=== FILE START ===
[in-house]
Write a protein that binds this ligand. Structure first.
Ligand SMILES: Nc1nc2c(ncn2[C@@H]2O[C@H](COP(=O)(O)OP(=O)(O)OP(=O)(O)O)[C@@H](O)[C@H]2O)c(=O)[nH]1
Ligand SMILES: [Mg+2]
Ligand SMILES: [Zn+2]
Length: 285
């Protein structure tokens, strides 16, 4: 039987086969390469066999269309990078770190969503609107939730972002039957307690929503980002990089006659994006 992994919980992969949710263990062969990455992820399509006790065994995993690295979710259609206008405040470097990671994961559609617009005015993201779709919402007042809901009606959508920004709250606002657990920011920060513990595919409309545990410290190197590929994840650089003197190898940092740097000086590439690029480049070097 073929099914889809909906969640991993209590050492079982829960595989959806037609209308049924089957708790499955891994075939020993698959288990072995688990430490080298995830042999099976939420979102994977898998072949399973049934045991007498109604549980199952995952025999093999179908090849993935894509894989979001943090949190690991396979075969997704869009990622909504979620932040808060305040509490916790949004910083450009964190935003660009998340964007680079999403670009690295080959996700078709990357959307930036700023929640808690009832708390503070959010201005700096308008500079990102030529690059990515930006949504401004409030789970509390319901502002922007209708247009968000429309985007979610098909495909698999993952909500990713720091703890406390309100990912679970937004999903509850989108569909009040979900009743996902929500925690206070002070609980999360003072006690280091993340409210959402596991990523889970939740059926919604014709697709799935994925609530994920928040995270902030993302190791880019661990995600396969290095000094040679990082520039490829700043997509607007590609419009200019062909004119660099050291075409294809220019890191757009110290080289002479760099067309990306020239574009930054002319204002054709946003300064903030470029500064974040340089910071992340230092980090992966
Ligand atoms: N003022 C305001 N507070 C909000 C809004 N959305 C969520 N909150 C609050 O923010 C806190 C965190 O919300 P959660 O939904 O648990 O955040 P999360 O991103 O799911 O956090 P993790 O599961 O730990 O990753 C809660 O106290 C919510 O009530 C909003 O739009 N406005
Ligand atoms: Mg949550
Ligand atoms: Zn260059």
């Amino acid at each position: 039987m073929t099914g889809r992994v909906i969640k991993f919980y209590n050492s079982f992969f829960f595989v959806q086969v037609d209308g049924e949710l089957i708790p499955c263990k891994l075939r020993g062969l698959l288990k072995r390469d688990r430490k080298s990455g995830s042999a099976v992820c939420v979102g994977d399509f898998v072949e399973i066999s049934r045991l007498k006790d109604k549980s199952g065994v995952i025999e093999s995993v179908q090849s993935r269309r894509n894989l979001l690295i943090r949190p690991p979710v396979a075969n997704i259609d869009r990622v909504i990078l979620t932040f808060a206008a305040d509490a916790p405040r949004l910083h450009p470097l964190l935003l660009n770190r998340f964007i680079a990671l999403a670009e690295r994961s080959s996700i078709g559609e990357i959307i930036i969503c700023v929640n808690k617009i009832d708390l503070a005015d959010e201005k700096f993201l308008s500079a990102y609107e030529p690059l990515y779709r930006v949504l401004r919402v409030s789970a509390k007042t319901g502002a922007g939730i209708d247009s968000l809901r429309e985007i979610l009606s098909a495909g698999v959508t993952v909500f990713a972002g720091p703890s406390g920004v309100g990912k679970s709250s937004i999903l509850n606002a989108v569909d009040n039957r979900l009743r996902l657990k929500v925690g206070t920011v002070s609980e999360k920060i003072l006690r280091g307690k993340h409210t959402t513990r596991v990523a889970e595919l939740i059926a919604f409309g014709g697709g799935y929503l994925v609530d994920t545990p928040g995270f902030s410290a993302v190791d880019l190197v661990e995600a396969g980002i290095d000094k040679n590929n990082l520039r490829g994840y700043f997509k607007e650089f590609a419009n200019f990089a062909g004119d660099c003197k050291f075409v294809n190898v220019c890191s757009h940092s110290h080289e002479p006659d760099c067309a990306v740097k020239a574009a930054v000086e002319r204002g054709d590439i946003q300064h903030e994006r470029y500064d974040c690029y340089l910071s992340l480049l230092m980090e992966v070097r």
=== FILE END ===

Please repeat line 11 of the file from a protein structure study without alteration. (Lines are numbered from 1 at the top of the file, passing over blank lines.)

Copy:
């Amino acid at each position: 039987m073929t099914g889809r992994v909906i969640k991993f919980y209590n050492s079982f992969f829960f595989v959806q086969v037609d209308g049924e949710l089957i708790p499955c263990k891994l075939r020993g062969l698959l288990k072995r390469d688990r430490k080298s990455g995830s042999a099976v992820c939420v979102g994977d399509f898998v072949e399973i066999s049934r045991l007498k006790d109604k549980s199952g065994v995952i025999e093999s995993v179908q090849s993935r269309r894509n894989l979001l690295i943090r949190p690991p979710v396979a075969n997704i259609d869009r990622v909504i990078l979620t932040f808060a206008a305040d509490a916790p405040r949004l910083h450009p470097l964190l935003l660009n770190r998340f964007i680079a990671l999403a670009e690295r994961s080959s996700i078709g559609e990357i959307i930036i969503c700023v929640n808690k617009i009832d708390l503070a005015d959010e201005k700096f993201l308008s500079a990102y609107e030529p690059l990515y779709r930006v949504l401004r919402v409030s789970a509390k007042t319901g502002a922007g939730i209708d247009s968000l809901r429309e985007i979610l009606s098909a495909g698999v959508t993952v909500f990713a972002g720091p703890s406390g920004v309100g990912k679970s709250s937004i999903l509850n606002a989108v569909d009040n039957r979900l009743r996902l657990k929500v925690g206070t920011v002070s609980e999360k920060i003072l006690r280091g307690k993340h409210t959402t513990r596991v990523a889970e595919l939740i059926a919604f409309g014709g697709g799935y929503l994925v609530d994920t545990p928040g995270f902030s410290a993302v190791d880019l190197v661990e995600a396969g980002i290095d000094k040679n590929n990082l520039r490829g994840y700043f997509k607007e650089f590609a419009n200019f990089a062909g004119d660099c003197k050291f075409v294809n190898v220019c890191s757009h940092s110290h080289e002479p006659d760099c067309a990306v740097k020239a574009a930054v000086e002319r204002g054709d590439i946003q300064h903030e994006r470029y500064d974040c690029y340089l910071s992340l480049l230092m980090e992966v070097r």